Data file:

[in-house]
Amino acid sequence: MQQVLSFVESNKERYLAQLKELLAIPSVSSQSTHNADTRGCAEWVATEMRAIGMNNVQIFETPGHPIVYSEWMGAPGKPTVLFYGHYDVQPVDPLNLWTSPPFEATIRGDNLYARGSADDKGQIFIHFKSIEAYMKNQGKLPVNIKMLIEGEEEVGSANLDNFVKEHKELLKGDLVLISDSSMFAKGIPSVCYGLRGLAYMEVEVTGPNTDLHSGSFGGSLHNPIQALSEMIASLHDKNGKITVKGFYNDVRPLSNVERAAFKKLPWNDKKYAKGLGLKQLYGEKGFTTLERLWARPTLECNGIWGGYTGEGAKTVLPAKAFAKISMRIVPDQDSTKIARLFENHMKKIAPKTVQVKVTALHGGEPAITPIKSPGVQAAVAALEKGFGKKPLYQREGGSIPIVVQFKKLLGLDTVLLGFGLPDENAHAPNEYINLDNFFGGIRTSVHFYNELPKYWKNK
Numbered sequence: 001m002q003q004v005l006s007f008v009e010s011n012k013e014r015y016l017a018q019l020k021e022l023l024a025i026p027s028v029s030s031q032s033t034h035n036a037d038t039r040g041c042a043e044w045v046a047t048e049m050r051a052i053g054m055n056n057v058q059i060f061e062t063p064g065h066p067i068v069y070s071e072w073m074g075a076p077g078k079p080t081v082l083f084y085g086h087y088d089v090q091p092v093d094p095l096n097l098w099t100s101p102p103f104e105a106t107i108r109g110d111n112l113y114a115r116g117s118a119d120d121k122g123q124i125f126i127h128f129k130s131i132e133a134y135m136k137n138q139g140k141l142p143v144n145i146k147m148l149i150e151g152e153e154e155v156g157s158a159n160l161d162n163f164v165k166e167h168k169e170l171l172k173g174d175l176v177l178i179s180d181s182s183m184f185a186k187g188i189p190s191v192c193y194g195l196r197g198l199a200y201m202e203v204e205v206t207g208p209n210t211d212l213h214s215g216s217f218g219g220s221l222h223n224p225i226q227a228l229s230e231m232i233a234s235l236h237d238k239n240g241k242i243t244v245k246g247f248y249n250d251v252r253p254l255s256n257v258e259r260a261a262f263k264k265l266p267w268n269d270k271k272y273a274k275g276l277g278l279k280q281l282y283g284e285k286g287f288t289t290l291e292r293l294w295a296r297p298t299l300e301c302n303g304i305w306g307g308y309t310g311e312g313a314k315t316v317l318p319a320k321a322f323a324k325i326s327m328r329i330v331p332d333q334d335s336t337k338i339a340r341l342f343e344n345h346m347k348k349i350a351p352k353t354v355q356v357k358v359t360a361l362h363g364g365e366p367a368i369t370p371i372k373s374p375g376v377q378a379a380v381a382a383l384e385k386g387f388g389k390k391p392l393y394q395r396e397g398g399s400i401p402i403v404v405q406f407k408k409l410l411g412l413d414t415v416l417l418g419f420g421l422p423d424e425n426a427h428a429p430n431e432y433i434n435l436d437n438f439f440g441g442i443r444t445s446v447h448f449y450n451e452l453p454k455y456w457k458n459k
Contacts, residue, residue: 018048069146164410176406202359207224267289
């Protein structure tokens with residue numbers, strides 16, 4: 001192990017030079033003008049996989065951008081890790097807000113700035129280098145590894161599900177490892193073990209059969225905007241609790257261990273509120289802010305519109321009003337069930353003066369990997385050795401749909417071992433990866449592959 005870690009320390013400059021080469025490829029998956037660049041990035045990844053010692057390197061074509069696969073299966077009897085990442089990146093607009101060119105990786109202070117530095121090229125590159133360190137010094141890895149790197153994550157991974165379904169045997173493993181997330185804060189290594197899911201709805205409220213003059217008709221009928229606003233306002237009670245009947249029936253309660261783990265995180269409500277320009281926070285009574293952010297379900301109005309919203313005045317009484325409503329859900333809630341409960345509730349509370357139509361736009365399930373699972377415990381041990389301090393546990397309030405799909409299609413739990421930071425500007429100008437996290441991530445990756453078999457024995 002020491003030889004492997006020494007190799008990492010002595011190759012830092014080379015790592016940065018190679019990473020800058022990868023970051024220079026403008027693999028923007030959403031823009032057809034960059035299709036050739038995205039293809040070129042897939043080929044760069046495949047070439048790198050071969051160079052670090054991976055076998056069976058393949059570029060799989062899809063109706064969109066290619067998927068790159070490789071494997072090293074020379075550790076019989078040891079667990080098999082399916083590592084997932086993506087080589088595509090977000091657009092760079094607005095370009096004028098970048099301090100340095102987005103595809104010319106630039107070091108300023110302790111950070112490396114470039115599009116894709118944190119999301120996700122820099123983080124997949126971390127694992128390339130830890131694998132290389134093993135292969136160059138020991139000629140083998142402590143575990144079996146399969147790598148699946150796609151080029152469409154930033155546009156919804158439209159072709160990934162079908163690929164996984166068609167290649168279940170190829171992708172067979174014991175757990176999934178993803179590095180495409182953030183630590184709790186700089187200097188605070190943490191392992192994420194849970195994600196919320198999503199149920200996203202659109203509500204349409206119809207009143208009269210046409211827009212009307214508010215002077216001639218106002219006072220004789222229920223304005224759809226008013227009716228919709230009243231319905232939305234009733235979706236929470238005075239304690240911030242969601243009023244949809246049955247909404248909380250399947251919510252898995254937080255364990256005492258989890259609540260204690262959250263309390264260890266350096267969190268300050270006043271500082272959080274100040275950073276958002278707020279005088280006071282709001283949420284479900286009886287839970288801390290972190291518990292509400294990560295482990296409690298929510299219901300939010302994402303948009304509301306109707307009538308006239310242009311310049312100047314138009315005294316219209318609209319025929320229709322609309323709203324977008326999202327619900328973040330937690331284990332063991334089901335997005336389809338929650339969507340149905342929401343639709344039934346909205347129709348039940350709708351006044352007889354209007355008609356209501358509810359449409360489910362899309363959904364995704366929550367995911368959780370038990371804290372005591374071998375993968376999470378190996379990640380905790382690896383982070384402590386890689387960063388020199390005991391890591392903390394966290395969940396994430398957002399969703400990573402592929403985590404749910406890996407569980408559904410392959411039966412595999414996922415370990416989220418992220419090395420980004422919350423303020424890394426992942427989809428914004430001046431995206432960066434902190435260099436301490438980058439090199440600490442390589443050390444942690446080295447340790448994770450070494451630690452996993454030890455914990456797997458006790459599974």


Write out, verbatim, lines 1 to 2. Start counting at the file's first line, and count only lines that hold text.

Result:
[in-house]
Amino acid sequence: MQQVLSFVESNKERYLAQLKELLAIPSVSSQSTHNADTRGCAEWVATEMRAIGMNNVQIFETPGHPIVYSEWMGAPGKPTVLFYGHYDVQPVDPLNLWTSPPFEATIRGDNLYARGSADDKGQIFIHFKSIEAYMKNQGKLPVNIKMLIEGEEEVGSANLDNFVKEHKELLKGDLVLISDSSMFAKGIPSVCYGLRGLAYMEVEVTGPNTDLHSGSFGGSLHNPIQALSEMIASLHDKNGKITVKGFYNDVRPLSNVERAAFKKLPWNDKKYAKGLGLKQLYGEKGFTTLERLWARPTLECNGIWGGYTGEGAKTVLPAKAFAKISMRIVPDQDSTKIARLFENHMKKIAPKTVQVKVTALHGGEPAITPIKSPGVQAAVAALEKGFGKKPLYQREGGSIPIVVQFKKLLGLDTVLLGFGLPDENAHAPNEYINLDNFFGGIRTSVHFYNELPKYWKNK